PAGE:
[Tweet “How the words have changed! Climate Change in Five Phrases #IPCC Report 2014”]
At what point is something certain? The science model is based on consistency and likelihood. And, whilst the scientists agree (and have for a decade or more) that climate change is being caused by human activity they are still loathe to say 100%. In this report they are now saying 95%. At what point should we take action?
Source: Jake Sturmer, IPCC report warns greenhouse gas levels at highest point in 800,000 years, identifies fossil fuels as cause of recent increases, ABC.net.au, 2 November 2014.
Our Reaction to Climate Change
[Update December 2021]
Seven years later, the question of what is causing climate change is no longer an issue. It’s happening and we’re causing it.
In hindsight, this was also a furphy – a misdirect by those with vested interests in not changing to delay the inevitable confrontation with the damage we are causing to the planet we call home.
Even in our current situation, we still have delaying tactics as politicians try to satisfy those who don’t want to change with those that know we must.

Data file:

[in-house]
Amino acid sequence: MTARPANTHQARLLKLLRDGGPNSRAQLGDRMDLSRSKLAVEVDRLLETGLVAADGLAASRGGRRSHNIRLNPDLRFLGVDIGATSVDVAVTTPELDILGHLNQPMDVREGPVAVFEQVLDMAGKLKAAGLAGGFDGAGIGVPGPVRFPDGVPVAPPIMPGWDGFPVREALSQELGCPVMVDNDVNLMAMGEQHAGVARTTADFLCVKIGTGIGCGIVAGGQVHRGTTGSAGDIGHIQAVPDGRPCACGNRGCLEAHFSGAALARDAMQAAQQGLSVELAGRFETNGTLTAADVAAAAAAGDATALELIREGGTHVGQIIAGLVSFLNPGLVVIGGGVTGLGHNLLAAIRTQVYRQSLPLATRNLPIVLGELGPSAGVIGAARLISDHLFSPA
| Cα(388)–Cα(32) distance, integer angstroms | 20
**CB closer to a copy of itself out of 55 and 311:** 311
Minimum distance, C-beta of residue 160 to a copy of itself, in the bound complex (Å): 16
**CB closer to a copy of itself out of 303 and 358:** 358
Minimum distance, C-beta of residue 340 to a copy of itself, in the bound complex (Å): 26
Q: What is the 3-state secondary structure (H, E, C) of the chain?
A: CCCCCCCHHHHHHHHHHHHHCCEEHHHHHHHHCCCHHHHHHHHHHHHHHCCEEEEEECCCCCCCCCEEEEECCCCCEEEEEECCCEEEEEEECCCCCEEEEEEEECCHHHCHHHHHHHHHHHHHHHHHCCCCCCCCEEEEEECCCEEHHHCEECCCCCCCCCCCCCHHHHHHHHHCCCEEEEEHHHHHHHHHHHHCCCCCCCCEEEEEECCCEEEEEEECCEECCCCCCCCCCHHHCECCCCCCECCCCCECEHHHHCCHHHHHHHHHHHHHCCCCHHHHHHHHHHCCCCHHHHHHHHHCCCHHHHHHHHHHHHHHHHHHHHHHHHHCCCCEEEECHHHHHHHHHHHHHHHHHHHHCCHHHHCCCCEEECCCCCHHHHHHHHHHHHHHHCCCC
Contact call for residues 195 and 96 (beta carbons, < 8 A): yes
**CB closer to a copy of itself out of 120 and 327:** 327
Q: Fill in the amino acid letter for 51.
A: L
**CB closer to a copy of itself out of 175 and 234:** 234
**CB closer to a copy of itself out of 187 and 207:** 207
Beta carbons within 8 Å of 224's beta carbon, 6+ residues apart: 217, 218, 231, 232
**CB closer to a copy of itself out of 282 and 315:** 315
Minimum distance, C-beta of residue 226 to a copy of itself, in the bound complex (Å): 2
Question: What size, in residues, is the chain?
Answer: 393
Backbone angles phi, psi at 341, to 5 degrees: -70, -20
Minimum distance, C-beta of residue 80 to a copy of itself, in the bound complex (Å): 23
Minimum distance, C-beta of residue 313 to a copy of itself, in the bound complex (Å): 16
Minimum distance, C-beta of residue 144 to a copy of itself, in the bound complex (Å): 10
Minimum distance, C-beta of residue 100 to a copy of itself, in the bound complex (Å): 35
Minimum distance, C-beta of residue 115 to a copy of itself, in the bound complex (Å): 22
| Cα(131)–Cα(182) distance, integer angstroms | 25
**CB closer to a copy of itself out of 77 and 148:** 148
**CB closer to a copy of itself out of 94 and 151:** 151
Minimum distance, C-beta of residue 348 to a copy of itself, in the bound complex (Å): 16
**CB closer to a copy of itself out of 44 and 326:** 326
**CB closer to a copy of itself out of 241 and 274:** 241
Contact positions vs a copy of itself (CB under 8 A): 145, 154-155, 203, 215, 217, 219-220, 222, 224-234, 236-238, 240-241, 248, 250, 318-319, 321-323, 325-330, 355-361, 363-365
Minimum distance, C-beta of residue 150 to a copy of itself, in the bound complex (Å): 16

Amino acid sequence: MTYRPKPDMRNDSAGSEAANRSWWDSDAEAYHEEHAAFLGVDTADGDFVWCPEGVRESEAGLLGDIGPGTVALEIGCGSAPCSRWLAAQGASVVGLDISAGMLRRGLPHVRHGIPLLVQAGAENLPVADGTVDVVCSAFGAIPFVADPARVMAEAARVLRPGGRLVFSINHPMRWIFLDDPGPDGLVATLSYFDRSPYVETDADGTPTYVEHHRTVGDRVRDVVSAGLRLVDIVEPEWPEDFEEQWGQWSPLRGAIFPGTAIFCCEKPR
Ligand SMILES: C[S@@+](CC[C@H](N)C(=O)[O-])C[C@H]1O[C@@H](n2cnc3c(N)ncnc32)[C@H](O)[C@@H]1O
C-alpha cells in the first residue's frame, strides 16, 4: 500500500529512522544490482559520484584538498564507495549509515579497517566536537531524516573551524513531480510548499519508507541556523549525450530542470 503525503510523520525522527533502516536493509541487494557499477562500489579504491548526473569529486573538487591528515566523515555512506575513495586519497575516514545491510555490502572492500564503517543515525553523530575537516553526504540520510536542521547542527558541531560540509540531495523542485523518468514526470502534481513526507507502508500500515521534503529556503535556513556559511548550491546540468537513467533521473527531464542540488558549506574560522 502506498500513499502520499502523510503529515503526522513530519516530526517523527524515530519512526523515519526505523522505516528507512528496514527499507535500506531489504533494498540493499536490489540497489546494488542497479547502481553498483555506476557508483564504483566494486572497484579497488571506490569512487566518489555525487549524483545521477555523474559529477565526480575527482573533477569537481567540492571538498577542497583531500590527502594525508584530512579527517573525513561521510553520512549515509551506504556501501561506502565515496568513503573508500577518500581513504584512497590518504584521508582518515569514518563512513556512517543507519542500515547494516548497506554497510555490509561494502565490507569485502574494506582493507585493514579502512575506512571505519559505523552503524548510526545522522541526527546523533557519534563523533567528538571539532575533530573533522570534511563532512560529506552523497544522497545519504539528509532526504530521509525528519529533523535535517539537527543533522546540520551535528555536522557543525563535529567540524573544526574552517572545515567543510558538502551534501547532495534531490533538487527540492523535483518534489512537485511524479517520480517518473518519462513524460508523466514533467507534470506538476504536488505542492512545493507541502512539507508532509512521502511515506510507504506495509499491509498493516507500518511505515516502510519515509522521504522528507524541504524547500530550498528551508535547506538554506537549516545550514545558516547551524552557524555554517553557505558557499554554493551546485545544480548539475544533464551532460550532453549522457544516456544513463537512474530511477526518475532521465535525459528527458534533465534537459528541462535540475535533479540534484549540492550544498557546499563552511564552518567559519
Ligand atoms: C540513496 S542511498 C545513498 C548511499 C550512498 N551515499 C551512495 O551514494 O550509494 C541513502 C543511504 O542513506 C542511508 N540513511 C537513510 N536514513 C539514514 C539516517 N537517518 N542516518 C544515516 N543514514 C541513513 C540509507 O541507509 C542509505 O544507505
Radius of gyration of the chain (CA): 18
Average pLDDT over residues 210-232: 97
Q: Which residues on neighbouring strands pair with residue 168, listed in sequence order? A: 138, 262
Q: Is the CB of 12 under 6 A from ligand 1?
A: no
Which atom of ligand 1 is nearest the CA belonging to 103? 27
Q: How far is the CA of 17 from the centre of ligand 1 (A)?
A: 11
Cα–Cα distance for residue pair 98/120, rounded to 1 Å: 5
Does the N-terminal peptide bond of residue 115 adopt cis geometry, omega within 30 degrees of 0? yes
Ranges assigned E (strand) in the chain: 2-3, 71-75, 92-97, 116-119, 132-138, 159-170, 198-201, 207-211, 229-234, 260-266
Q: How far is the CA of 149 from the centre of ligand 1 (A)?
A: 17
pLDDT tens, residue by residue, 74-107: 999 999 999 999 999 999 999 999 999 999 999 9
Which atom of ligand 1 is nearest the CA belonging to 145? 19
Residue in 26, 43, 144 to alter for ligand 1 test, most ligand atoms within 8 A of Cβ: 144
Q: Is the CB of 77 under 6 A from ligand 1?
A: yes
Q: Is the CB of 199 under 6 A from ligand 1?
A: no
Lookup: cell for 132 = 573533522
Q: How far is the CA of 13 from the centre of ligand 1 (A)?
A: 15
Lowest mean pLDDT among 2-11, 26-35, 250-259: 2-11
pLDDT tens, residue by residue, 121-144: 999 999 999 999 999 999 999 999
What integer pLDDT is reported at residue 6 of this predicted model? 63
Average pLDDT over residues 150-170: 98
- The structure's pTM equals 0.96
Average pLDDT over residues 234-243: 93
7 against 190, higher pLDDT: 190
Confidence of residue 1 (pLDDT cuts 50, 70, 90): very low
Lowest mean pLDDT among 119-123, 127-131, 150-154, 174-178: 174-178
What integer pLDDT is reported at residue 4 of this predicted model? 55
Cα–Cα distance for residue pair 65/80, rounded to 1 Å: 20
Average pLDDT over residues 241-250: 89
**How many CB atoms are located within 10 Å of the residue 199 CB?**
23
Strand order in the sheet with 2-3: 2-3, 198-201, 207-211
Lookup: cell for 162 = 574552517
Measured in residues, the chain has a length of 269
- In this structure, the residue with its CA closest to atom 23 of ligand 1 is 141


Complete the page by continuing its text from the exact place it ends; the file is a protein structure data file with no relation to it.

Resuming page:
While there are many positive signs, such as the adoption of renewable energy, the interesting split is that most of this is being driven by private enterprise with governments helping and hindering in subtle ways.
The Australian Embarrassment
In Australia, successive governments have embarrassingly been a handbrake for change. The lack of policy frameworks provides uncertainty in the marketplace and stalls financial and emotional investment in change.
This is a function of a thinly held majority and a selfish desire by politicians to keep their jobs rather than build the future for the good of all. It reflects our ongoing historical dependence on digging things up out of the ground for our prosperity (iron ore, coal, gas). But it also fails to reflect that the Australian landscape is one of the most fragile and vulnerable of all to the effects of climate change.